Children's Cancer - and research - Didn't Stop For COVID

Video by Bob Phillips

This is a collage of video and images from a children's cancer doctor and researcher working during the 2020 portion of the COVID19 pandemic. Cancer didn't stop for COVID. And we made sure it didn't completely destroy fun either.



On screen: Dr Bob Phillips, CRD and Leeds Children's Hospital

On screen: March ‘20

Dr Phillips: Hello, my name is Bob Phillips and, as many of you will know, I am one of the children’s cancer doctors at Leeds’ Children’s Hospital, and also a researcher at the University of York.

This video is to help you hear about the new coronavirus. Now, the CCLG – which is the UK’s organization that networks the cancer and leukemia doctors together across the whole of Englad, Wales, Scotland, and Ireland – has come up with guidance based on that from Public Health England and the best information that we have available.

We see a picture of Dr Phillips wearing a face mask and PPE glasses with a card crown taped to them.

On screen: April ‘21

Dr Phillips: Hello, my name is Bob Phillips and I’m one the investigators of the SHARE study , which is being run now at the University of Southampton, York, and via the CCLG. Now, some preliminary results from the study have showed us that very many of you are worried about the safety of bringing your children to hospital during this Coronavirus pandemic. We are also worried about you bringing your children, but we’re worried that you really should bring them when they’re poorly and for their chemotherapy. We have done so many things to make these places as safe as possible for you to bring them; and we know that treating children with cancer is hugely high in all of our priorities. Whether it be side effects, or the cancer treatments themselves, we’re making these places, these hospitals, as safe as possible for you to attend. Please don’t be concerned about coming and catching the Coronavirus here. We really due new you to ring up, to take advice, and to attend when your children are poorly, and to attend for their treatments.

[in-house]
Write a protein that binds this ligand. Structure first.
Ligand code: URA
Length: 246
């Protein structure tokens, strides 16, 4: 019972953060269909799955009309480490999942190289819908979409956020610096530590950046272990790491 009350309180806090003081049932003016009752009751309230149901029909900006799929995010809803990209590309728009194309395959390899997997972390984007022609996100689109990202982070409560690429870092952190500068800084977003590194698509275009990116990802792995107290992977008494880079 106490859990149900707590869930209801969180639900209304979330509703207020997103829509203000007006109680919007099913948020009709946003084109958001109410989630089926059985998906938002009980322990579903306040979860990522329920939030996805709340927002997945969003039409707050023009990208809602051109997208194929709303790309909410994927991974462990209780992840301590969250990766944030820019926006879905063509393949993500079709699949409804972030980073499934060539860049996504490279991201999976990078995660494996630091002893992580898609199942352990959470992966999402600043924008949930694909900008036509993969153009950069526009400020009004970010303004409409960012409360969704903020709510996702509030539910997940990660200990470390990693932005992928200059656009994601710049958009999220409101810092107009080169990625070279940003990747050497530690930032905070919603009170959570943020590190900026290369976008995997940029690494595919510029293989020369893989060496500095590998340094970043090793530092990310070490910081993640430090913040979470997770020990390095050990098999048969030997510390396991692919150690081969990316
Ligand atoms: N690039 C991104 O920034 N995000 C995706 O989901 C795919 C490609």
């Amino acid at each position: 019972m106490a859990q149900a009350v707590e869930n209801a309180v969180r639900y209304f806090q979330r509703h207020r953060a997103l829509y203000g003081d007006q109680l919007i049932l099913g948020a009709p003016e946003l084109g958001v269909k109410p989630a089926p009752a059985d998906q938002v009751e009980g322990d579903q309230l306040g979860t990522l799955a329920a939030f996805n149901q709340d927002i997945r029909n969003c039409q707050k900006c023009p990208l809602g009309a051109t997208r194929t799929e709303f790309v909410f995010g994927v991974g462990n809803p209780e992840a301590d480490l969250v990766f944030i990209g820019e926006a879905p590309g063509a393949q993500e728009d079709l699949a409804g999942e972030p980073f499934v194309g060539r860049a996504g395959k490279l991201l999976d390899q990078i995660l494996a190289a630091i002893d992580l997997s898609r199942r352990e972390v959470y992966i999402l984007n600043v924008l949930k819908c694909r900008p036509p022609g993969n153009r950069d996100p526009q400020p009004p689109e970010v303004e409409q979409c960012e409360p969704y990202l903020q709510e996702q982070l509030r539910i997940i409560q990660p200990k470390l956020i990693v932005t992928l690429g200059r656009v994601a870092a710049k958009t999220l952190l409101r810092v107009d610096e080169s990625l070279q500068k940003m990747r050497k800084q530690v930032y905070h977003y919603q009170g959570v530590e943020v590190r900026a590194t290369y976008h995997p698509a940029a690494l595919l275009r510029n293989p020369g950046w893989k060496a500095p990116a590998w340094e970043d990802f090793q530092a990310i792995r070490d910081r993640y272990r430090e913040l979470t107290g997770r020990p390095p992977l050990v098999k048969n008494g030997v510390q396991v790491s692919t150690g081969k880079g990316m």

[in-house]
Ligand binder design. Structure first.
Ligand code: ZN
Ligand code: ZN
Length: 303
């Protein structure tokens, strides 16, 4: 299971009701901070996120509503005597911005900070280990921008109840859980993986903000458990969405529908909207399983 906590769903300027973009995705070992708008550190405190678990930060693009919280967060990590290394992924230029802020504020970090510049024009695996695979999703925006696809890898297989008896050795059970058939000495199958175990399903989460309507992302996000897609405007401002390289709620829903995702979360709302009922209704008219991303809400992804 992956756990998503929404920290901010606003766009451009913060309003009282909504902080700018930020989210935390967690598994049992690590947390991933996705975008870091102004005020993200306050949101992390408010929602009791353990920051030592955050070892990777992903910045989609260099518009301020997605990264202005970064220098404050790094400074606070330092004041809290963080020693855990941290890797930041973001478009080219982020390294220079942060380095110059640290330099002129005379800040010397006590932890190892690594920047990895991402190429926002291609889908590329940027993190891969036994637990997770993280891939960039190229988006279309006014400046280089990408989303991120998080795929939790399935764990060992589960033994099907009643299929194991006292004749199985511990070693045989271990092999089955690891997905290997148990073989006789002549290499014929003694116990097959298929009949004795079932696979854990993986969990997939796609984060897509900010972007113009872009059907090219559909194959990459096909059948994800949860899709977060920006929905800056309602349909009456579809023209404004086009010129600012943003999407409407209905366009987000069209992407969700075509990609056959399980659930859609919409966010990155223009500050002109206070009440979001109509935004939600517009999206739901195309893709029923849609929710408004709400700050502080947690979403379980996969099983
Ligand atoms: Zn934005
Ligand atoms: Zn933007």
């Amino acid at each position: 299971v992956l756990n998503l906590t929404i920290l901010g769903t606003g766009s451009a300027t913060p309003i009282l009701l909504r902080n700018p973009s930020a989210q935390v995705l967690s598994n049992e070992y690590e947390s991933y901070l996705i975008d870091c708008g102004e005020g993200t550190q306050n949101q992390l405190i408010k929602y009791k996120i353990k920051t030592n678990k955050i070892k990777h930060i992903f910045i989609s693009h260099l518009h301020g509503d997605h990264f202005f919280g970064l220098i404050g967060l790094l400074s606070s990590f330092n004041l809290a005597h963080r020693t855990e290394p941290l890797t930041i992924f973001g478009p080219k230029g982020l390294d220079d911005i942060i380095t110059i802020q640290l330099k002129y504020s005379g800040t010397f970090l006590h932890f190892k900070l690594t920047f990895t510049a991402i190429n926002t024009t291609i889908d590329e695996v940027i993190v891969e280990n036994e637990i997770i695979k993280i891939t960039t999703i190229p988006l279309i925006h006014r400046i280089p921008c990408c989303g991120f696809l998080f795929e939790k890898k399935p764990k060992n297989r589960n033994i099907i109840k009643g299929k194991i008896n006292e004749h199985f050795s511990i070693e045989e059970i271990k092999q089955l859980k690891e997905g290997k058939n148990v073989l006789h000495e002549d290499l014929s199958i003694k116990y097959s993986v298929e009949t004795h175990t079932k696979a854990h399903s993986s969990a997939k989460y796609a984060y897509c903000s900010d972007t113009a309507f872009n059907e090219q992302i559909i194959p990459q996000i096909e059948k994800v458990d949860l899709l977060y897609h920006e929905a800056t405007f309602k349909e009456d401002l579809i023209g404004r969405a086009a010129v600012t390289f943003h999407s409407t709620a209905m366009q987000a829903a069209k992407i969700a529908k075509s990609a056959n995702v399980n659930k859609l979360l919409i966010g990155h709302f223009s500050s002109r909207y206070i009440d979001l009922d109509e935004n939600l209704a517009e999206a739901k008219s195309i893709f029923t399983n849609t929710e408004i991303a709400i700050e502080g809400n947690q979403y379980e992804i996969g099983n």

Dr Phillips waves to the camera wearing a face mask and a PPE transparent hood over his head.

We now see Dr Phillips wearing PPE in a hospital room, he is prepending to struggle to lift a plush goat from a bed.

We see a TikTok video where Dr Philips is duetting a dance video for the “20 for 20 Cancer doesn’t stop for Covid” campaign. The captions on Dr Phillips read “#DancingDrBob”, “Day 9”, and “#20for20”.

We see a picture of a form detailing the contact information for the study staff with some CGI balloon flying over it.

We see a picture of Dr Phillip’s eyes over a face mask.

We see a video Collage: a Christmas TikTok video where Dr Phillips and his colleagues are dancing to Pharrell William’s “Happy” in a children’s ward wearing festive clothing and facemasks; and two videos of children dancing the same choreography to the same music.


Living through it - developing, undertaking, implementing research as it arose - and wanting to share it